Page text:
'This story deserves attention': Family Of Black Man Killed By Police In 2017 Speaks
The family of Eurie Lee Martin is optimistic the three former Washington County sheriff’s deputies who killed him in 2017 will go on trial next year, it said in a Tuesday press conference.
That follows an opinion from the Georgia Supreme Court saying a Superior Court judge was wrong in applying the state’s "stand your ground" law when he granted the deputies criminal immunity.
The deputies, Henry Lee Copeland, Rhett Scott and Michael Howell electrocuted Eurie Martin to death with stun gun weapons on a two-lane highway in the town of Deepstep while responding to a 911 call that labeled Martin a “suspcicious person.”
While deputies were all white, Martin was a Black man. For many, that has lifted Martin’s death into the stream of the Black Lives Matter movement.
The finding of immunity came in a pre-trial hearing connected to murder charges in the case and was granted by a superior court judge under Georgia’s "stand your ground" law. That’s the law that gives regular civilians the right to use deadly force should they feel their life is in jeopardy.
However, the high court rejected that ruling, saying the lower court was wrong to conflate the "stand your ground" law with the more relevant law regulating the use of force by a law enforcement officer. That was in accordance with the argument made by both prosecutors and attorneys for Martin’s family.
“And so the ruling from this court completely reversed the decision of the trial court, which sought to bootstrap the traditional immunities that are granted to law enforcement officers, which we call qualified immunity, with the additional immunity benefits of 'Stand Your Ground,' which would have given these officers a super immunity that that goes beyond the bounds of any citizen,” said Francys Johnson, one of two attorneys representing Eurie Martin’s family.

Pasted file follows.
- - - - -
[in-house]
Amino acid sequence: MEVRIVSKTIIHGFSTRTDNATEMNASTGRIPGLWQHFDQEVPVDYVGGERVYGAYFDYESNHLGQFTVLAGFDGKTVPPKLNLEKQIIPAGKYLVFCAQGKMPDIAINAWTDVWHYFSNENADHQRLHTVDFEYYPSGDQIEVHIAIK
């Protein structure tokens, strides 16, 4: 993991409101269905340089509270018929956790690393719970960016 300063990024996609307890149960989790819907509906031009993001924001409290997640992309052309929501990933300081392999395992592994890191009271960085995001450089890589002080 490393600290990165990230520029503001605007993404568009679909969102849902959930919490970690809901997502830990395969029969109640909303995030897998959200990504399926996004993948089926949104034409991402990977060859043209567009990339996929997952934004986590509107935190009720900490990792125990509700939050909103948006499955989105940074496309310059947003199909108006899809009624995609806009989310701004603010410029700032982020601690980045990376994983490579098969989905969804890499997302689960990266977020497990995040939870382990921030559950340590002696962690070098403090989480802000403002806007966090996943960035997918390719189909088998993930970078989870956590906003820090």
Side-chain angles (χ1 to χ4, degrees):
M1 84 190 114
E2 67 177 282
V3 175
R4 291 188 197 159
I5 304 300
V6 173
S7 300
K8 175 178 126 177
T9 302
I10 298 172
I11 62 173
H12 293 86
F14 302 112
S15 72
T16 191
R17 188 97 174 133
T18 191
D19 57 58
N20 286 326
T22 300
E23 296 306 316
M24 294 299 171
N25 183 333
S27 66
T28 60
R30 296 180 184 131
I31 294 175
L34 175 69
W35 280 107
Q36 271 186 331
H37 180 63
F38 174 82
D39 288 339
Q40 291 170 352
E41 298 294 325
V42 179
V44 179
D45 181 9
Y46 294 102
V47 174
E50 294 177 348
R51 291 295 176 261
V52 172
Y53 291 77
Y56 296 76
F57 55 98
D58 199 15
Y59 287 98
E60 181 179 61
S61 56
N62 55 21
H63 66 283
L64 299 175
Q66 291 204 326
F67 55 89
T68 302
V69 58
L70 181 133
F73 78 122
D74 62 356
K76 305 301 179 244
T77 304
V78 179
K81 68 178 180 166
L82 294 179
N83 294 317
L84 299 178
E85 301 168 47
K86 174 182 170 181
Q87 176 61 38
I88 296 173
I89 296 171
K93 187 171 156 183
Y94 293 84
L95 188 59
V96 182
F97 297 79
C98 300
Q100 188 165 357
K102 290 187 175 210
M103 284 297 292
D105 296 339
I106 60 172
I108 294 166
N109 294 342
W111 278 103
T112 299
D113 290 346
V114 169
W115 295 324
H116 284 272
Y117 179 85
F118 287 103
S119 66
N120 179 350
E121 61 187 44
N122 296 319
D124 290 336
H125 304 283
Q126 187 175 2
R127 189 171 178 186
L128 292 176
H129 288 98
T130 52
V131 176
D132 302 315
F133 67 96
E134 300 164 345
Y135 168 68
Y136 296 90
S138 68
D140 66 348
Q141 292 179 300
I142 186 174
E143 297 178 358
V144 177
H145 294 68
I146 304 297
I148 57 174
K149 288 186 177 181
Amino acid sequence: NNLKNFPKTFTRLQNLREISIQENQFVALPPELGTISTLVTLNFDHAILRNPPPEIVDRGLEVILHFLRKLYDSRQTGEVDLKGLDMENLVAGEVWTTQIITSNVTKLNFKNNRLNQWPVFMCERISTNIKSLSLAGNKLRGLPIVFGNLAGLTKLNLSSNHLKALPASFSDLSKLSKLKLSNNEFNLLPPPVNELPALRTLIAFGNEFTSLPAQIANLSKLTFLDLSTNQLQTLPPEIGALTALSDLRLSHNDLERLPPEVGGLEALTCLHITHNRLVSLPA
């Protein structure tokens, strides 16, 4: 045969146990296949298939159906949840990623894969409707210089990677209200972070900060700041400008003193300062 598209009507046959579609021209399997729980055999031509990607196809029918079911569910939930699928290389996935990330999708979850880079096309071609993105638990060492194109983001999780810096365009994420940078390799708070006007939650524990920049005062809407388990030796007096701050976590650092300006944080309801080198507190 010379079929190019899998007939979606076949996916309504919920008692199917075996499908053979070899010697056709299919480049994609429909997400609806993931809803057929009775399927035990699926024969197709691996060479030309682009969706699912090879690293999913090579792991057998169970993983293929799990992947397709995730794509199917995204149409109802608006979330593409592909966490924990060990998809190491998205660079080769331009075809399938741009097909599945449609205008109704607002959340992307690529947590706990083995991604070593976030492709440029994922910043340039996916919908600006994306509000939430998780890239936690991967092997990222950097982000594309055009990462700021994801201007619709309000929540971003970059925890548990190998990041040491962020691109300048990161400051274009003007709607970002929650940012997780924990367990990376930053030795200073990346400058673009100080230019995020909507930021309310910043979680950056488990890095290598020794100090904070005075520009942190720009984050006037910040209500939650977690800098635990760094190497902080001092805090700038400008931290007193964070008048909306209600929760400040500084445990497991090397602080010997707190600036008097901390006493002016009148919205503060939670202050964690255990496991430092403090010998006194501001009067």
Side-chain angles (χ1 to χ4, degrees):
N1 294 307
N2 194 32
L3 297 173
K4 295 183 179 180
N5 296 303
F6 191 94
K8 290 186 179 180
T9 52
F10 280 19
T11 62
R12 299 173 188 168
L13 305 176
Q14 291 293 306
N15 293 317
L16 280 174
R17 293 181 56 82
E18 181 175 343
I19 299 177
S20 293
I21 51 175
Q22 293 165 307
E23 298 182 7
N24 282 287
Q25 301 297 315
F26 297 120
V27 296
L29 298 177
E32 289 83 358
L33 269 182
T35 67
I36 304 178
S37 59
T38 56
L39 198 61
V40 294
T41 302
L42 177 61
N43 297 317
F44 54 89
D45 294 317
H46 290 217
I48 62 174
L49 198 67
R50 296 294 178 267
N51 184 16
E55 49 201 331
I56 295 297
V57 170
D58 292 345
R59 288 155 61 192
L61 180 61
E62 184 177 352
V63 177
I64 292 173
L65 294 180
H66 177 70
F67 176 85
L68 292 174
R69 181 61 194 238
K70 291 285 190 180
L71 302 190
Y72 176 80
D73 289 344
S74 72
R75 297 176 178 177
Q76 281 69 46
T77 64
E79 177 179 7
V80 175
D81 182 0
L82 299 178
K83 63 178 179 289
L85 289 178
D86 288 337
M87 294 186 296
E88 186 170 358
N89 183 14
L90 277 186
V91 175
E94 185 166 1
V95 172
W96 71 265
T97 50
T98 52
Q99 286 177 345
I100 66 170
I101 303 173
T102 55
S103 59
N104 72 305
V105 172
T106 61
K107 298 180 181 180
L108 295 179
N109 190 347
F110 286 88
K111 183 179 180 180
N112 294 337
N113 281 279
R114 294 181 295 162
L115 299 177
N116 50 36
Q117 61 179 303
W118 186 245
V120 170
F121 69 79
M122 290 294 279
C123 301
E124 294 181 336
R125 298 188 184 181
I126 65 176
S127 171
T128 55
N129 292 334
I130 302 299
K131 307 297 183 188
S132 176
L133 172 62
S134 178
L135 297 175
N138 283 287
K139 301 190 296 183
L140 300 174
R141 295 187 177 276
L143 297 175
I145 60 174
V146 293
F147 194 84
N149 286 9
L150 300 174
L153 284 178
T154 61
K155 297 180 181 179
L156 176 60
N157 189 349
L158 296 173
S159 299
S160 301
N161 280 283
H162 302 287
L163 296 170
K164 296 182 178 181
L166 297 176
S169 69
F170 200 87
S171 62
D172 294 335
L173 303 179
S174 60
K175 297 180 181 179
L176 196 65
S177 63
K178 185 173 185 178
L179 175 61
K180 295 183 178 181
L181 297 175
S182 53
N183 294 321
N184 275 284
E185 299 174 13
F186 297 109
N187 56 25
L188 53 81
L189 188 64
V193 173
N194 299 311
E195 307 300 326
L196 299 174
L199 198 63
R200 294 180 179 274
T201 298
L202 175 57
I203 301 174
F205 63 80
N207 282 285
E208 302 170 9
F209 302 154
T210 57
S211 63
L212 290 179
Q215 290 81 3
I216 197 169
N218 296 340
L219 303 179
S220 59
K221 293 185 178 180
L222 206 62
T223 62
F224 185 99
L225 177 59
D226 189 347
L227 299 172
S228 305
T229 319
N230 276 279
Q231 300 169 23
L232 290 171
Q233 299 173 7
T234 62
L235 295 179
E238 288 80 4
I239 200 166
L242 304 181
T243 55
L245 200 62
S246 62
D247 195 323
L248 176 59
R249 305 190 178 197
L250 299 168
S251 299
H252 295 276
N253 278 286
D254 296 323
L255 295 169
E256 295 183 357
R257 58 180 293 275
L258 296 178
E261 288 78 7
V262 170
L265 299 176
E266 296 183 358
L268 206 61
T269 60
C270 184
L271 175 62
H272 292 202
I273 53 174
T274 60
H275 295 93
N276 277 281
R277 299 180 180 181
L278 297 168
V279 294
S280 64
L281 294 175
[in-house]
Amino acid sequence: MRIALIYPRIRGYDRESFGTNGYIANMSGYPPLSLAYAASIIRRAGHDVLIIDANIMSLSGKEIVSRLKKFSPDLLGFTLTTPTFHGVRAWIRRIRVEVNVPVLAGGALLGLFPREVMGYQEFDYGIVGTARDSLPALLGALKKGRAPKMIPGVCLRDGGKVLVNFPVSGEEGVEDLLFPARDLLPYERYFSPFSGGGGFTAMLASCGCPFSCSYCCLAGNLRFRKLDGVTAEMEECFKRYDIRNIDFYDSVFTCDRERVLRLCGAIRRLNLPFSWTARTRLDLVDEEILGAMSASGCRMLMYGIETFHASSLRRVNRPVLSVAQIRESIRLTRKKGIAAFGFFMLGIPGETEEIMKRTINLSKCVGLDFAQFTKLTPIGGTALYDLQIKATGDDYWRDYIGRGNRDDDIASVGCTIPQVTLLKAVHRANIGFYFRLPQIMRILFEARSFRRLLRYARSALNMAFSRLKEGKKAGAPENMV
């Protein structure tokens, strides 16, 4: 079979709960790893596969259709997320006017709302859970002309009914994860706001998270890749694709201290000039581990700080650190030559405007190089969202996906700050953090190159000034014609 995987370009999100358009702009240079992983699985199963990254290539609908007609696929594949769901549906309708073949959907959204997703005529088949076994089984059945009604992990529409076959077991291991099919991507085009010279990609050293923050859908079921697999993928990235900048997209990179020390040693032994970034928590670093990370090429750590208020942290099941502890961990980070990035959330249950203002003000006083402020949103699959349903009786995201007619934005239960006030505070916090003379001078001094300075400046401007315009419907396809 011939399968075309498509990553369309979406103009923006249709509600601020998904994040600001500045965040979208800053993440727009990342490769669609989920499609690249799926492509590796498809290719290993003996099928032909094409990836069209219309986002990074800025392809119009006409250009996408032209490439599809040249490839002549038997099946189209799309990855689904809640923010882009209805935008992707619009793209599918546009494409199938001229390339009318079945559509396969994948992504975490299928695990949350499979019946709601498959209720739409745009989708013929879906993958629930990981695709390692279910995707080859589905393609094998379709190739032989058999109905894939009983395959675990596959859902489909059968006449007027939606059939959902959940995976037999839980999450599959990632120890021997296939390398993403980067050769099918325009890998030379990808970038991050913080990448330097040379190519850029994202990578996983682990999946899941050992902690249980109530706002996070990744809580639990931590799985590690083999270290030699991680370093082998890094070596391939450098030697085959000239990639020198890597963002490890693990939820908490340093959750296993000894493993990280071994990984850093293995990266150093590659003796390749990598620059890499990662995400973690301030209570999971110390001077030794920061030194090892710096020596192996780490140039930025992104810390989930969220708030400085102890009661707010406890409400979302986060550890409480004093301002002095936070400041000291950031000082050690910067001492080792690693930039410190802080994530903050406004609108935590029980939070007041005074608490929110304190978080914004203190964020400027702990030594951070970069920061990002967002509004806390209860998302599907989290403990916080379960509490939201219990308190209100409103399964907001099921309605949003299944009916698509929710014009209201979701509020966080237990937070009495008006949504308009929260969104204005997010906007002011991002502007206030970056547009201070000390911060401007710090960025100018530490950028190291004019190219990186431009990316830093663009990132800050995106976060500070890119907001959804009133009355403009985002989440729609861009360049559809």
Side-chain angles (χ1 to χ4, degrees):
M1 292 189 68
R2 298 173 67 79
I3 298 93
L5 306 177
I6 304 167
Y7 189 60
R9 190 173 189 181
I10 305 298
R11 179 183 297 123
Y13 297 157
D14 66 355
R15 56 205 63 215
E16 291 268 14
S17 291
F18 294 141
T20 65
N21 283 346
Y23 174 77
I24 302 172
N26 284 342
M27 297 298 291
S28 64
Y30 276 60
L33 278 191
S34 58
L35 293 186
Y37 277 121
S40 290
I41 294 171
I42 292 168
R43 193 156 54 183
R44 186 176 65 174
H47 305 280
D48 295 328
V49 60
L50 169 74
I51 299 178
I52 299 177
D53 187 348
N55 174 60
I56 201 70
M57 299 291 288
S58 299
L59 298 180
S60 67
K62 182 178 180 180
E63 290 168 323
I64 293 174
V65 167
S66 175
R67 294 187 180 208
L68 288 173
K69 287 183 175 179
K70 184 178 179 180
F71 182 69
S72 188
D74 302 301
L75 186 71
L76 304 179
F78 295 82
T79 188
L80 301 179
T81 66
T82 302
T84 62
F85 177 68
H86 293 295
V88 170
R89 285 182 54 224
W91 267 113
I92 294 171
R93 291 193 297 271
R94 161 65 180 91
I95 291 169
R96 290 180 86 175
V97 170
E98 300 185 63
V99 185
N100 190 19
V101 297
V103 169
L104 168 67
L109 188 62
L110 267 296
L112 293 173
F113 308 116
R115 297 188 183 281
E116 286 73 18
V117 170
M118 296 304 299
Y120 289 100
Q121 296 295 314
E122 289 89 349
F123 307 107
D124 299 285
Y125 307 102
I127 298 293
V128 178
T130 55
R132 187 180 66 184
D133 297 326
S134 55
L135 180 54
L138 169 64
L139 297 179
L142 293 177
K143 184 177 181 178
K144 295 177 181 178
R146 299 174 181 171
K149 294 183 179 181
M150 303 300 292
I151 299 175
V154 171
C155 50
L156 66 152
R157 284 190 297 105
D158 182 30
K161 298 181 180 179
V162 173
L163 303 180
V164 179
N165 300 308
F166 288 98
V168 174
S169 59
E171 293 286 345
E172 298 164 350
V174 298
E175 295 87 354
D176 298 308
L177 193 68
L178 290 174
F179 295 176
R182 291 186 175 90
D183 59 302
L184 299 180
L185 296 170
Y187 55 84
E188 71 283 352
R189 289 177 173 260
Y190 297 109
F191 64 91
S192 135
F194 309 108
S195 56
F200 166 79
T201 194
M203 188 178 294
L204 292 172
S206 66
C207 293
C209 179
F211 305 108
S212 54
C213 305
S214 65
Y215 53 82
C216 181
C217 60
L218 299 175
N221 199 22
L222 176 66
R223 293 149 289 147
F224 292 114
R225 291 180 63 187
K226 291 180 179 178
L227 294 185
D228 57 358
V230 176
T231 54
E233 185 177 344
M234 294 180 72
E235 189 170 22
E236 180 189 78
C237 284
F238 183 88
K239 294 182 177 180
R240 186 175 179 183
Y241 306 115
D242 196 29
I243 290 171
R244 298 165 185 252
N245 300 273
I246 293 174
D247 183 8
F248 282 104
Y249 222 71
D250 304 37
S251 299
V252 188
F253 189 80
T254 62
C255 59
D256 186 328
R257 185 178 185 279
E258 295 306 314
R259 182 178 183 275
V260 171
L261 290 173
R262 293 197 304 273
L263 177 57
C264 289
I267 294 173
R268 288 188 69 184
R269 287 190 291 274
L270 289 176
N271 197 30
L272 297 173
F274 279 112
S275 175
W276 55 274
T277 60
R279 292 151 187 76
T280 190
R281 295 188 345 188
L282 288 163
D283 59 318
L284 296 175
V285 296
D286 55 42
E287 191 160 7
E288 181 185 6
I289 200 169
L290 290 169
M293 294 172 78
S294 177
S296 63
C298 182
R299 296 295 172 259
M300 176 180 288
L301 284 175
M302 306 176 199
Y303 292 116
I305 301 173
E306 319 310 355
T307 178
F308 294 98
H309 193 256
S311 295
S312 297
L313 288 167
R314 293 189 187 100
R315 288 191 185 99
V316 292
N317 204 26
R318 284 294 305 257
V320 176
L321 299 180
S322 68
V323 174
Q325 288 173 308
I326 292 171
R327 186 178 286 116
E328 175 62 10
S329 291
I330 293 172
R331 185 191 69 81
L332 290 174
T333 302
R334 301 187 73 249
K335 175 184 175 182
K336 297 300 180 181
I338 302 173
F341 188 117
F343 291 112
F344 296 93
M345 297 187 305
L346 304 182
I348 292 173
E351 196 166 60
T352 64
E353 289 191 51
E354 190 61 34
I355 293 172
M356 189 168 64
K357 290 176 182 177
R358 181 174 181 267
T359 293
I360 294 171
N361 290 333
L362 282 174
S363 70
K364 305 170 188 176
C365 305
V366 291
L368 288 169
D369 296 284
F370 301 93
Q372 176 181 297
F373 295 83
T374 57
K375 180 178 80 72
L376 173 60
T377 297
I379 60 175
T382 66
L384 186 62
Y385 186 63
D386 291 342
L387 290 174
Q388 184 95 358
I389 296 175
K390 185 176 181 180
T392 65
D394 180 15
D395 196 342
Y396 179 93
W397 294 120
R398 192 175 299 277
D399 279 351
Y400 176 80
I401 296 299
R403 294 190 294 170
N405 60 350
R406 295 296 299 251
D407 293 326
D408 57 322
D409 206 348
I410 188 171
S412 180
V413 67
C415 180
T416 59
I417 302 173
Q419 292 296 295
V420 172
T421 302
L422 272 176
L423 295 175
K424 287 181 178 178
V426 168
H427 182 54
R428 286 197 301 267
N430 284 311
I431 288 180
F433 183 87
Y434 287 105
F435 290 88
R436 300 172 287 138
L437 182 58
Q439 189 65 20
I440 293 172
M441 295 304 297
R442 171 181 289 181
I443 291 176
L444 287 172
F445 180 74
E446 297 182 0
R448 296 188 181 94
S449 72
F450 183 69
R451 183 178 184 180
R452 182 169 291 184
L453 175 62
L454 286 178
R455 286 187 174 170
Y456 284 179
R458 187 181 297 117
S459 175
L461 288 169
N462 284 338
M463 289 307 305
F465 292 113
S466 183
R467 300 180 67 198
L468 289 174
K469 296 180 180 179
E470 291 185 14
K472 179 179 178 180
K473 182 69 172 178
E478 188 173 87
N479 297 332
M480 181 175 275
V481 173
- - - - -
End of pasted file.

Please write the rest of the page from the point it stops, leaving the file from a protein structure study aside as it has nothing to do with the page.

Though the opinion was handed down the day before Election Day, Johnson and fellow attorney Muwali Davis waited until Tuesday, after at least some of the smoke cleared from the election, to respond to it. They appeared with Martin’s family at a press conference in front of the Nathan Deal Justice Center, where the Georgia Supreme Court meets, in Atlanta.
“This story deserves attention and that's why we're here today,” Johnson said. “It deserves attention because across this country, the call for police accountability has been lifted under the phrase 'Black Lives Matter.'”
Johnson and Davis were backed by two of Martin’s sisters and other extended family members while they made their remarks, including Helen Gilbert, Martin’s sister who placed a 911 call in 2017 asking for officers to find and help her brother only minutes after the 911 call that ultimately ended Martin’s life.
Gilbert said she hopes the Georgia Supreme Court opinion changes something she was taught as a child: Some people are allowed to kill without consequence.
“Officers, you know, they think they are above the law and will get away with it,” Gilbert said. “Because they know that they can kill and get away with it and nothing will be done about there will be no justice for them. So I'm glad that things are finally turning around.”